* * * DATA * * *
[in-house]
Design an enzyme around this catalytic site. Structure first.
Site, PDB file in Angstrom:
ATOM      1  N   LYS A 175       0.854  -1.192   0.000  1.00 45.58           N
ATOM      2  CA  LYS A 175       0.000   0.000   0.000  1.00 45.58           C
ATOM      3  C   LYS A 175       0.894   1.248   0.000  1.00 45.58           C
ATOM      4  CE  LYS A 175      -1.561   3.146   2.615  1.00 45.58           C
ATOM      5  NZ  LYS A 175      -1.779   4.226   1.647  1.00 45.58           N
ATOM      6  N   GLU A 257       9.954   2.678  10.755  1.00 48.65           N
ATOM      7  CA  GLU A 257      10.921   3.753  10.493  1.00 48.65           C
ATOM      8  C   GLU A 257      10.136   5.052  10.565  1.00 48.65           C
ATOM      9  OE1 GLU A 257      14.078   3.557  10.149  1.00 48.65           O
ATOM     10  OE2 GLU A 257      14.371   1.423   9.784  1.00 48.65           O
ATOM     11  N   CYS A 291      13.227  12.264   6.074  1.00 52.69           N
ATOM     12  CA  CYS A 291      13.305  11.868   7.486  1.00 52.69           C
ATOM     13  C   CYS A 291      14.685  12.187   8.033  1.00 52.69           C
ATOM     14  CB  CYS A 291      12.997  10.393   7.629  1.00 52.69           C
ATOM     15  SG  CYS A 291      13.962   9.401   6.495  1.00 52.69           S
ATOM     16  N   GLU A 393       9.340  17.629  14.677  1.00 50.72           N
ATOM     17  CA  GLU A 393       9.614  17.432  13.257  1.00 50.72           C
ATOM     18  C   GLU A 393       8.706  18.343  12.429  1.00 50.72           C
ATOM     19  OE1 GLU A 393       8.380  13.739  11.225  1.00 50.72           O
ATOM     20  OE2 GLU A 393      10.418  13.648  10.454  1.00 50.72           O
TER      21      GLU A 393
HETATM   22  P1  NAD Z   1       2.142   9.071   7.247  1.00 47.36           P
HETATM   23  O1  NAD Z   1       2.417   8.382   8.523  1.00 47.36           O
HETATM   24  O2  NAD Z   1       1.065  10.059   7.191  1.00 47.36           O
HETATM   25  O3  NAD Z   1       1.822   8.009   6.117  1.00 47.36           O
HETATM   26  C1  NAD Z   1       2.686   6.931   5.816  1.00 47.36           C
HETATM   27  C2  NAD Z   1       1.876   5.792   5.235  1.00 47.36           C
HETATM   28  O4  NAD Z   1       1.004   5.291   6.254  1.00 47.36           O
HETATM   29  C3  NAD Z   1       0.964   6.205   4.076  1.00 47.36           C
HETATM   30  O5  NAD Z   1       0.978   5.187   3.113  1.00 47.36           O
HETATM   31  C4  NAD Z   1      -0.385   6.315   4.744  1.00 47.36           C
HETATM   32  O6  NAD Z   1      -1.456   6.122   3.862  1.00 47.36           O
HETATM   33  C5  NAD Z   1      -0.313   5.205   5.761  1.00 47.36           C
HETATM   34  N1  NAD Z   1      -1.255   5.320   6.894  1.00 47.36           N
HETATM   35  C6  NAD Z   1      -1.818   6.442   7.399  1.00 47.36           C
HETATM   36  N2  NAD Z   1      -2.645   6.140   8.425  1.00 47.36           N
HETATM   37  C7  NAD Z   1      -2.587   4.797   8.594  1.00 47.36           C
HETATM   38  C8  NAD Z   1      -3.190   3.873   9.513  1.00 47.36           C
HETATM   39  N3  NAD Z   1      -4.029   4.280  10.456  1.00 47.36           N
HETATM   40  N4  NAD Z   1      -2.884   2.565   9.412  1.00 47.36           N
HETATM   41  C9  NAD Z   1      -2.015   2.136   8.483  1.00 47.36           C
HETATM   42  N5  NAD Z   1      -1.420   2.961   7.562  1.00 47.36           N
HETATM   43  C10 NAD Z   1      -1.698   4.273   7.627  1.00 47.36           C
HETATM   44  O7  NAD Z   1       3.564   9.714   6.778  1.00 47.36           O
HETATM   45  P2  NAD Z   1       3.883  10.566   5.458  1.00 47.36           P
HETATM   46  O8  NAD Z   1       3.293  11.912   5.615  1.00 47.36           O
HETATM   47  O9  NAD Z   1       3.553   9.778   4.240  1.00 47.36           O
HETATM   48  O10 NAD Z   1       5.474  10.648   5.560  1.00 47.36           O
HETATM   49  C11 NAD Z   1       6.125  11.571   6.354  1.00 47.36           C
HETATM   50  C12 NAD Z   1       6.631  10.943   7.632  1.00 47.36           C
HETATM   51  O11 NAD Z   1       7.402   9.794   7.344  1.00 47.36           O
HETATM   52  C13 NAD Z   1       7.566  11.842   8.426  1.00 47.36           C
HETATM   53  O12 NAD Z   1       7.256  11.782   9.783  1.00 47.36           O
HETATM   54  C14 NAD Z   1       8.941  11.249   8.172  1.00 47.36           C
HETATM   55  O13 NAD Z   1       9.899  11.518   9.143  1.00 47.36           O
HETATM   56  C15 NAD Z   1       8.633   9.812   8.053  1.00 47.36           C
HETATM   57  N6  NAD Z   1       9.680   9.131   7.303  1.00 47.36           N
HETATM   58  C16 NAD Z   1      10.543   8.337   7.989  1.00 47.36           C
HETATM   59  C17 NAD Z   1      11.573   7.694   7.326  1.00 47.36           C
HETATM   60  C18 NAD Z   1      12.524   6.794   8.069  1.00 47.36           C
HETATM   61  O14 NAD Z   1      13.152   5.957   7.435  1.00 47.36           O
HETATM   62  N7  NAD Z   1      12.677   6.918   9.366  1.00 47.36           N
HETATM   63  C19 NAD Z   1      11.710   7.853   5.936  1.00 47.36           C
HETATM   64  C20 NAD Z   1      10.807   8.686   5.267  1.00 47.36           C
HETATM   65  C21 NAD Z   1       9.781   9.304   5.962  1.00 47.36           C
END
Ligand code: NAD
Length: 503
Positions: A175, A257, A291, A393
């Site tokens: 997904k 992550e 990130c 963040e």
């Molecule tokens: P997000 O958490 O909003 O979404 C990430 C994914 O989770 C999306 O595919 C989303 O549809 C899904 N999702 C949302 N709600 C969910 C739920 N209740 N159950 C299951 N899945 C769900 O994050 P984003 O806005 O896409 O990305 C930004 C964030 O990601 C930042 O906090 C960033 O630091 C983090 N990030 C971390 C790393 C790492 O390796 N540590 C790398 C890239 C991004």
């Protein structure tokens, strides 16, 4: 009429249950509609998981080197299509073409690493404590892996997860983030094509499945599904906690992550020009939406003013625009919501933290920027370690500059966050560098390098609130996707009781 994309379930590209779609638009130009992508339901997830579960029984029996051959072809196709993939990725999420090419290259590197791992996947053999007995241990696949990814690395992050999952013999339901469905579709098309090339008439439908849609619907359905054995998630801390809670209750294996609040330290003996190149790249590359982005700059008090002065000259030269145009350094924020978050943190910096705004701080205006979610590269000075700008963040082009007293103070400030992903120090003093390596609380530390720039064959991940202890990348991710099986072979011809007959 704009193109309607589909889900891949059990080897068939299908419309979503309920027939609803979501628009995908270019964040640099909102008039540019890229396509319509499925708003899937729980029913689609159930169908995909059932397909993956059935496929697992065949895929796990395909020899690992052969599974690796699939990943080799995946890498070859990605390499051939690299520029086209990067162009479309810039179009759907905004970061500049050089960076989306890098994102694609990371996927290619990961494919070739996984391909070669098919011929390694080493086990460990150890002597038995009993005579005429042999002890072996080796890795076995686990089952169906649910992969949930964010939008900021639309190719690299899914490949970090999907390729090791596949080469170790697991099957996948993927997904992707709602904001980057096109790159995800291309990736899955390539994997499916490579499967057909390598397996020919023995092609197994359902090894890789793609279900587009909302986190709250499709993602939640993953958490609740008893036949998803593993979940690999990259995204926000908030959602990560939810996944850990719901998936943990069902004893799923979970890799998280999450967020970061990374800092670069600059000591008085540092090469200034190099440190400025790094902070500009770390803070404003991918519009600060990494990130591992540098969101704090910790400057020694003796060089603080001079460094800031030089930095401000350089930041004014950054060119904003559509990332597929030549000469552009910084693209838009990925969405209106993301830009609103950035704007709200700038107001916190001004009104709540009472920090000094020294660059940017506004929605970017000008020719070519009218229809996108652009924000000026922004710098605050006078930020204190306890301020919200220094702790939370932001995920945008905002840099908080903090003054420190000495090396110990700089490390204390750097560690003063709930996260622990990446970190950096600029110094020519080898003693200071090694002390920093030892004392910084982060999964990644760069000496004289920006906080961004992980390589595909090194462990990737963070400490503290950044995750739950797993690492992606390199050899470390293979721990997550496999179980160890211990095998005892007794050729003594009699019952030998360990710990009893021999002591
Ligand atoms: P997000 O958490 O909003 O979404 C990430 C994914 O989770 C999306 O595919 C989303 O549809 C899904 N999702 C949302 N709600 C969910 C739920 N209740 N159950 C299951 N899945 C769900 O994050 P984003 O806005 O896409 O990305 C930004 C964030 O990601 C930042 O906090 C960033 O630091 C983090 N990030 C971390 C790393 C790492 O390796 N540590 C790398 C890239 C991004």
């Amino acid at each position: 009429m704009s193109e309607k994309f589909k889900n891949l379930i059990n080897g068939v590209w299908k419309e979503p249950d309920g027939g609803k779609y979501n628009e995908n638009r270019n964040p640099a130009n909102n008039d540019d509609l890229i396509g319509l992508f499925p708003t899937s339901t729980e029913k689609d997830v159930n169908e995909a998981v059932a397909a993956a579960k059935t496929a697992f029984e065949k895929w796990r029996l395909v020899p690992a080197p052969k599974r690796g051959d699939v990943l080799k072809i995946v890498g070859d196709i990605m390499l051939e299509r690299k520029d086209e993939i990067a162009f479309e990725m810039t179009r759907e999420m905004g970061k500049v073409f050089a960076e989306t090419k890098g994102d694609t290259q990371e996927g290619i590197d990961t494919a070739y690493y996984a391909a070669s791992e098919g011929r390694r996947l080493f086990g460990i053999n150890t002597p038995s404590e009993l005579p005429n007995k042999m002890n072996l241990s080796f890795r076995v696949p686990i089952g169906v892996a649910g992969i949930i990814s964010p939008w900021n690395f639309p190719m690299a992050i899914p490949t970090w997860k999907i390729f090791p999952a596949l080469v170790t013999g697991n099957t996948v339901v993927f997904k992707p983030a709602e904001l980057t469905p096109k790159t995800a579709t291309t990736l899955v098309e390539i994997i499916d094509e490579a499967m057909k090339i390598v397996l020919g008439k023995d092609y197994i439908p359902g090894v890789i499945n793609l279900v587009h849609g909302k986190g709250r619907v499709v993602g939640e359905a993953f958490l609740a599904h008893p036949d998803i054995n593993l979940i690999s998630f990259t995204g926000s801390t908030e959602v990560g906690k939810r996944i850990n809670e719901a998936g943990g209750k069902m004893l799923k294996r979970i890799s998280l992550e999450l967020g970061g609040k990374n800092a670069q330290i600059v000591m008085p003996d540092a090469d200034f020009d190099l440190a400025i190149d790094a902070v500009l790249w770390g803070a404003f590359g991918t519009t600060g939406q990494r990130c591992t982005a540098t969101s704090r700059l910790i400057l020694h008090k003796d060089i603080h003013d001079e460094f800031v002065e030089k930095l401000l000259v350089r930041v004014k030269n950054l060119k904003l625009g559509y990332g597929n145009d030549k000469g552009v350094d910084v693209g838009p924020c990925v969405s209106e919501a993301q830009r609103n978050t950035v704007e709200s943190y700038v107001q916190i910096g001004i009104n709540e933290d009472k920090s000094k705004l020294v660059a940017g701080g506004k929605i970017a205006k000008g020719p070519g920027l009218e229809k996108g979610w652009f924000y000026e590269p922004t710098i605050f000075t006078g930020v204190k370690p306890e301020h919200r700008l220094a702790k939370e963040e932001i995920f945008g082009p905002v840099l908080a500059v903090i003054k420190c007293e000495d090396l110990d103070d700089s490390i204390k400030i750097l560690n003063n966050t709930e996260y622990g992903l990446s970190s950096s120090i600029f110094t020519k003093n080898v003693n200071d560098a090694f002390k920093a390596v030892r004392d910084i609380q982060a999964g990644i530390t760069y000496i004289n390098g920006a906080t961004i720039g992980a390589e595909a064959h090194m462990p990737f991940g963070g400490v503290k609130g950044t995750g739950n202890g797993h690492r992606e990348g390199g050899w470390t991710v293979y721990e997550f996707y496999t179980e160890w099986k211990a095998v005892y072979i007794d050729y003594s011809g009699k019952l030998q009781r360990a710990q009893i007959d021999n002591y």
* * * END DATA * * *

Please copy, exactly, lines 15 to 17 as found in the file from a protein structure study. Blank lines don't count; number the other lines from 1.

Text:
ATOM     12  CA  CYS A 291      13.305  11.868   7.486  1.00 52.69           C
ATOM     13  C   CYS A 291      14.685  12.187   8.033  1.00 52.69           C
ATOM     14  CB  CYS A 291      12.997  10.393   7.629  1.00 52.69           C